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RE: Campbell's even crazier than a MANIAC? (archeopteryx climbing)



Jaime Headden wrote:


> The foot of pelicans is pretty characteristic of a non-back-toe-pointing pes 
> in 
> an animal that can stand on branches and "perch". That toe cannot reverse, 
> as in medially oriented..


As I recall, this is to do with the fact that the back toe (hallux) is 
incorporated into the webbed foot.  Nevetheless, the orientation of the hallux 
in pelicans is somewhat reversed, with an angle of 125 degrees observed for the 
brown pelican (Middleton, 2001).  (In Middleton's study, the orientation of the 
halluxias defined as the angle between the long axis of the third toe and the 
long axis of the hallux - so the more reversed the hallux, the greater the 
angle.)  So pelicans would have a posteromedially directed hallux.


Some waterbirds do have a medially directed hallux, like gannets, which tend to 
roost and nest in cliffs or on rocks.


>From Middleton (2001):

"The range of hallucal orientations among the birds quantified was 100°, from a 
low of 80 degrees in the northern gannet (_Morus bassanus_) to 180 degrees in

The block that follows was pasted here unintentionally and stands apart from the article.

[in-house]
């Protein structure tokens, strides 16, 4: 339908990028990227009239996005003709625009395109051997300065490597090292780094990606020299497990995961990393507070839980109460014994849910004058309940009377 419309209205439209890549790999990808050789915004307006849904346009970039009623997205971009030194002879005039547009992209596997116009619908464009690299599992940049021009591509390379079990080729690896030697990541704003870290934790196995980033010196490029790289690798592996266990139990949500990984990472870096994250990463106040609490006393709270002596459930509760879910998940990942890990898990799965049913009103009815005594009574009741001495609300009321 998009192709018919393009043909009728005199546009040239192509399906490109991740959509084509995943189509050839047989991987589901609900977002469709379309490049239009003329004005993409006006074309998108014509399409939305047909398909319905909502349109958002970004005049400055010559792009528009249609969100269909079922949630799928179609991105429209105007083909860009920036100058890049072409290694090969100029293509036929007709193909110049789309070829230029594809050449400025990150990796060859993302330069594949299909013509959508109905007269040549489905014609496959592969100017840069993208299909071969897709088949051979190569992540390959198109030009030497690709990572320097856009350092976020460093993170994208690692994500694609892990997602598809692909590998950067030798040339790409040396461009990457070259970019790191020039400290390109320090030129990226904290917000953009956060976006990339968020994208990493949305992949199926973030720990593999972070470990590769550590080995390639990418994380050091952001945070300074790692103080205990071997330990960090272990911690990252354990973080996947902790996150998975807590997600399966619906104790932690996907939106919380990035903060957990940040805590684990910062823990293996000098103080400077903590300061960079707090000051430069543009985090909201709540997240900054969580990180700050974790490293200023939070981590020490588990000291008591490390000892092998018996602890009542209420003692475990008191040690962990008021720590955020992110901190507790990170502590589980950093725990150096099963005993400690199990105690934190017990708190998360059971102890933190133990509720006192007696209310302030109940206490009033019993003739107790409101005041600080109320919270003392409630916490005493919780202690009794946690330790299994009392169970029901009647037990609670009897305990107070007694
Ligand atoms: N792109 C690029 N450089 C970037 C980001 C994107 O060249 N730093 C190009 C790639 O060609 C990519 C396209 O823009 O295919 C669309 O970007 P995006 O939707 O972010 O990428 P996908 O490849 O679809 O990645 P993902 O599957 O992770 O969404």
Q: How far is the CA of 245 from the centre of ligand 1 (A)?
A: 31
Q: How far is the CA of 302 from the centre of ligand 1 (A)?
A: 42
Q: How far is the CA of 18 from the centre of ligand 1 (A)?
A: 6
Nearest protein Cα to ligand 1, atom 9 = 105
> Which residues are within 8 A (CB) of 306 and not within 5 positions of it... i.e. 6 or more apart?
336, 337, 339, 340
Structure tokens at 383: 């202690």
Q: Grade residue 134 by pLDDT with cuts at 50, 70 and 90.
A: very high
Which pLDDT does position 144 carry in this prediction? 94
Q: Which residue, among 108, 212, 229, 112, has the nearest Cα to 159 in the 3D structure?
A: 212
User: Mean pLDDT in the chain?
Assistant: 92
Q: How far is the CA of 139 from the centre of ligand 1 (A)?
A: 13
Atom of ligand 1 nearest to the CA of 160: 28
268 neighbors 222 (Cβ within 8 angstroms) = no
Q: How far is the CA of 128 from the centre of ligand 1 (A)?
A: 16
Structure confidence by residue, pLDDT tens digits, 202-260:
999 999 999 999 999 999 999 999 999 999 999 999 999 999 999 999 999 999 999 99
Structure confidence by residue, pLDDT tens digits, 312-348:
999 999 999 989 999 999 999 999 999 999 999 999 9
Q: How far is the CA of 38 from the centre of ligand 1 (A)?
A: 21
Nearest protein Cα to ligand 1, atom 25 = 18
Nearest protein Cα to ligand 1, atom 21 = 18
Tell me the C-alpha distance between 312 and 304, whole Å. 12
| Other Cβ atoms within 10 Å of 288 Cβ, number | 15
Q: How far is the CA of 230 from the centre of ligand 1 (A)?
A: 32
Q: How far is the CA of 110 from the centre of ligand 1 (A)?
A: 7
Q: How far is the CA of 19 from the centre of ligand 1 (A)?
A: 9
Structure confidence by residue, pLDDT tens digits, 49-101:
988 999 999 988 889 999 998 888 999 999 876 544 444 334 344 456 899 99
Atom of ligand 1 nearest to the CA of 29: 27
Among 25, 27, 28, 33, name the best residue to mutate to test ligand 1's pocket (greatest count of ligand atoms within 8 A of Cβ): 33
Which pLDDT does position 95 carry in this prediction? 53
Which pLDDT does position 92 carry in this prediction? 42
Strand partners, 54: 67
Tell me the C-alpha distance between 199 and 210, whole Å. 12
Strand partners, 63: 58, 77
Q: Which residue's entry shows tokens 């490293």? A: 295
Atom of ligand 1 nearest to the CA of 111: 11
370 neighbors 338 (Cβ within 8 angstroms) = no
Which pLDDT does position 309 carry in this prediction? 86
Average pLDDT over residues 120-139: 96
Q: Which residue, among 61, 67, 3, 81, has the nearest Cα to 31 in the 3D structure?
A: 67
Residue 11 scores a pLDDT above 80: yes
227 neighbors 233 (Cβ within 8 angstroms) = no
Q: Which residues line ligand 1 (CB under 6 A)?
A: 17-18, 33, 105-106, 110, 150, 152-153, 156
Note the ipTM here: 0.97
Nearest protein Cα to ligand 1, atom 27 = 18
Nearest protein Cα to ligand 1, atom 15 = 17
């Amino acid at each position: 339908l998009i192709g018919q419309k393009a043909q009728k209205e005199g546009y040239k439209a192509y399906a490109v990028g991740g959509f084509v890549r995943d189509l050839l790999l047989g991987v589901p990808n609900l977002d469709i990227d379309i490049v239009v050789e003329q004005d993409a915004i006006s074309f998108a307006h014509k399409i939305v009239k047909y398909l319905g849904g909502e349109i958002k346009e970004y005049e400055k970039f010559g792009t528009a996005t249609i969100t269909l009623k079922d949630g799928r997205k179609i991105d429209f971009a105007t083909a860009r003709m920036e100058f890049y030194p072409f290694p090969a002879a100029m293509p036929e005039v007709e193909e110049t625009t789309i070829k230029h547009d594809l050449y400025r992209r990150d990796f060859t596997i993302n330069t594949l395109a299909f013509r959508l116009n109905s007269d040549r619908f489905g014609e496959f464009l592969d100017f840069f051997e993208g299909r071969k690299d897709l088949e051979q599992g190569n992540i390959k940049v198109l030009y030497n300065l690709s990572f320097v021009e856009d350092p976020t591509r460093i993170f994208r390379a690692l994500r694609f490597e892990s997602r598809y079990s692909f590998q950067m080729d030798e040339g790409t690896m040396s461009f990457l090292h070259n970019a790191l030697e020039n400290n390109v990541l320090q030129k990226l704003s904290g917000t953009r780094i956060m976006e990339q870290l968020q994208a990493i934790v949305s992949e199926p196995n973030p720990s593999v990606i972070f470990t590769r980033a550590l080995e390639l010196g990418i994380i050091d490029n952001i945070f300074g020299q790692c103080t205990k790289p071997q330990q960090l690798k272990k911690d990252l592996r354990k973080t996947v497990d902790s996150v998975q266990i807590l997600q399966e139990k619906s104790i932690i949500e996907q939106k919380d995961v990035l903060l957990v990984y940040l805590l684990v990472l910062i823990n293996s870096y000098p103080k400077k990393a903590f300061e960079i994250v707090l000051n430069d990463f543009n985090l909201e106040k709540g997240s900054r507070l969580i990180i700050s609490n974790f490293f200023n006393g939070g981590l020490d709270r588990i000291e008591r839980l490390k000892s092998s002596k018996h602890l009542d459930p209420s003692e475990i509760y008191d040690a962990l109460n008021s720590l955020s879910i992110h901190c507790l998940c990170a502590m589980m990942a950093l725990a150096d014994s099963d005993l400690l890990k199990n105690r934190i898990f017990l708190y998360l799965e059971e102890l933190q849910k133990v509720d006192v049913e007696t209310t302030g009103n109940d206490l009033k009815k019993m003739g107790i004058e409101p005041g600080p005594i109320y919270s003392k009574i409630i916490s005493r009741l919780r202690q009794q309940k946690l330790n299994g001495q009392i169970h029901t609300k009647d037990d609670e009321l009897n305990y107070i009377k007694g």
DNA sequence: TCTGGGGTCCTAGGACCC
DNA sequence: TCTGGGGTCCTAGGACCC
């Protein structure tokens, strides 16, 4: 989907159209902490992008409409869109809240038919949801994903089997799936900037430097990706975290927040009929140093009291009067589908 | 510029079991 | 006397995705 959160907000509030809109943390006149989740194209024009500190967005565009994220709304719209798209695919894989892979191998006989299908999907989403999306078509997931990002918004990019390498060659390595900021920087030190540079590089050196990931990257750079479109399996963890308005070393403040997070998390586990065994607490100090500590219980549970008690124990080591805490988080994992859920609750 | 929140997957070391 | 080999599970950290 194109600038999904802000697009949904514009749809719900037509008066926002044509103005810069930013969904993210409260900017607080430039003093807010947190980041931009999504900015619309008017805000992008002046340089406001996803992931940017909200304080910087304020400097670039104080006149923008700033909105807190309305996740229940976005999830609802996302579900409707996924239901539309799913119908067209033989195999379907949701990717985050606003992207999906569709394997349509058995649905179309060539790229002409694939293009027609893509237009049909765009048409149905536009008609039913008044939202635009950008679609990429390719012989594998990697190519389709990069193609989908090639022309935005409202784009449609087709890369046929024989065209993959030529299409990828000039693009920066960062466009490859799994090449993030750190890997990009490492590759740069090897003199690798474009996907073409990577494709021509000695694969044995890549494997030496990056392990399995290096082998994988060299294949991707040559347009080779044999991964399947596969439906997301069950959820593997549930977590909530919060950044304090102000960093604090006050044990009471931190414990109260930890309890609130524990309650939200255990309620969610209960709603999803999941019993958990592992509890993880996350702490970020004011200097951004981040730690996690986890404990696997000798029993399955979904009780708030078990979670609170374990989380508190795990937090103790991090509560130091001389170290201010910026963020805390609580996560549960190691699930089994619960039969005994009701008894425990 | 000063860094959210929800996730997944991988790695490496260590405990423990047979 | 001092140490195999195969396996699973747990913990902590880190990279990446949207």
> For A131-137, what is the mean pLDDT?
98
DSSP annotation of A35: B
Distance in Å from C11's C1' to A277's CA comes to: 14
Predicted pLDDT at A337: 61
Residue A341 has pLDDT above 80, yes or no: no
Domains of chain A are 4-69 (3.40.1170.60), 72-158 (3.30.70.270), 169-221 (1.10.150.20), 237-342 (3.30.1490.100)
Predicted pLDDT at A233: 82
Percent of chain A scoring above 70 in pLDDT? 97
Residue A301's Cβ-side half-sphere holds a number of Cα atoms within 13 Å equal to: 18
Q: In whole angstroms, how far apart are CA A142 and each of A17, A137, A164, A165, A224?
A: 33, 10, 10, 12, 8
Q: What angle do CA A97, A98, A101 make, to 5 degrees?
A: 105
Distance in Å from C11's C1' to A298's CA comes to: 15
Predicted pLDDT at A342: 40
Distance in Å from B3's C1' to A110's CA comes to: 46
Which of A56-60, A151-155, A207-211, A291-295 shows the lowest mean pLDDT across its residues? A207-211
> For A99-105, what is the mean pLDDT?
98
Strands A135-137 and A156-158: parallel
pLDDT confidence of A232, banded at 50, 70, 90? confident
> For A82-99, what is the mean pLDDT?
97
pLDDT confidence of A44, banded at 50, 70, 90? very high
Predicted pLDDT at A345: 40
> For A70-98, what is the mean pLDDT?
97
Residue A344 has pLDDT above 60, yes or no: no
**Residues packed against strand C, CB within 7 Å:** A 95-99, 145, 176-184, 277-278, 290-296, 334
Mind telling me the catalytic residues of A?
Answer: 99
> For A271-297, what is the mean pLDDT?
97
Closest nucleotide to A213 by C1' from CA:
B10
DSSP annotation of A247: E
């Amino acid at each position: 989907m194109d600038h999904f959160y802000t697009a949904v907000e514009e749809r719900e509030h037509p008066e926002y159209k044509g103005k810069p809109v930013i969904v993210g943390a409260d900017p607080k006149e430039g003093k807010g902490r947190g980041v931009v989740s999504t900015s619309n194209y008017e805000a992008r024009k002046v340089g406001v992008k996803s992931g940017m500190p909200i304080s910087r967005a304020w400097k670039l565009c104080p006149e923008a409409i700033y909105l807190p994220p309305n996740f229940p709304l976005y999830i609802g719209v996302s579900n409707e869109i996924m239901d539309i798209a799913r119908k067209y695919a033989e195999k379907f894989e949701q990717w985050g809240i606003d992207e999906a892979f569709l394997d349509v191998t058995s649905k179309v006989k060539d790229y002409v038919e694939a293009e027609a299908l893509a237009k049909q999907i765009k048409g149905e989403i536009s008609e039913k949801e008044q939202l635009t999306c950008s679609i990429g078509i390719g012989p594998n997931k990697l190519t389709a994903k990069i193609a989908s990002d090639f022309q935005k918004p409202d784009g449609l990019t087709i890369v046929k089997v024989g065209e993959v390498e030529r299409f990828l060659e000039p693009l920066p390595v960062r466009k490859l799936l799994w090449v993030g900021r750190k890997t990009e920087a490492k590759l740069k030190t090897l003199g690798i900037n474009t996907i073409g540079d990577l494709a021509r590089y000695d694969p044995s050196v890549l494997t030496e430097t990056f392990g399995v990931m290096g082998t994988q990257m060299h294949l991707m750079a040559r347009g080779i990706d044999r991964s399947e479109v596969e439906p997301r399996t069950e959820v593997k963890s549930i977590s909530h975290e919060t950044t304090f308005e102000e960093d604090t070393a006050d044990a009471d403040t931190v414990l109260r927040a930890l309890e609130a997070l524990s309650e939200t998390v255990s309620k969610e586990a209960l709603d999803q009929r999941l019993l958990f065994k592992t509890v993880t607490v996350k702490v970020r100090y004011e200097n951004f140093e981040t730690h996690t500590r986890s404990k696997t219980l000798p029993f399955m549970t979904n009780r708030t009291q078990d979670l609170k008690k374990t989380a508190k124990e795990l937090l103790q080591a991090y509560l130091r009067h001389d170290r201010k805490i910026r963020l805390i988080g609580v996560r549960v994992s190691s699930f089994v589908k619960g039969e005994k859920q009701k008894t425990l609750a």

both the rhinoceros hornbill (_Buceros rhinoceros_) and the maleo 
(_Macrocephalon maleo_) ... With a hallux oriented at less than 90 degrees, the 
northern gannet is the only species of bird studied that does not have a 
reversed hallux.  Increasing hallucal orientation angles are found in such 
species as the white-tailed tropicbird (_Phaethon lepturus_) and the Peruvian 
booby (_Sula variegata_), which have hallucal orientation angles of 110 degrees 
and 120 degrees, respectively ... Many of the birds with low hallucal 
orientation angles are thought to be closely related (e.g., boobies, pelicans, 
tropicbirds, gannets, and cormorants); all were formerly classified in the 
order Pelecaniformes and share the characteristic of interdigital webbing."


Reference:


Middleton, K.M. (2001).  The morphological basis of hallucal orientation in 
extant birds.  J. Morphol. 250: 51–60.


Incidentally, the secretarybird (_Sagittarius serpentarius_) has one of the 
highest hallucal angles (175 degrees), even though it hunts on the ground.


Middleton's study is worth reading because it spells out just what achieving a 
reversed hallux entails.  Anatomically speaking, retroversion of the hallux is 
no simple matter.  The presence of individual  traits associated with perching 
(especially related to the morphology of metatarsal I) allows this ability to 
be inferred for fossil taxa.  Simply having the hallux of a fossil bird 
preserved in an apparently posterior/reversed orientation does not 
automatically mean it was reversed in real life - which is a common mistake 
when inferring perching ability for many ancient birds (especially 
_Archaeopteryx_, in which the metatarsal I shows no evidence of reversal).



Cheers

Tim
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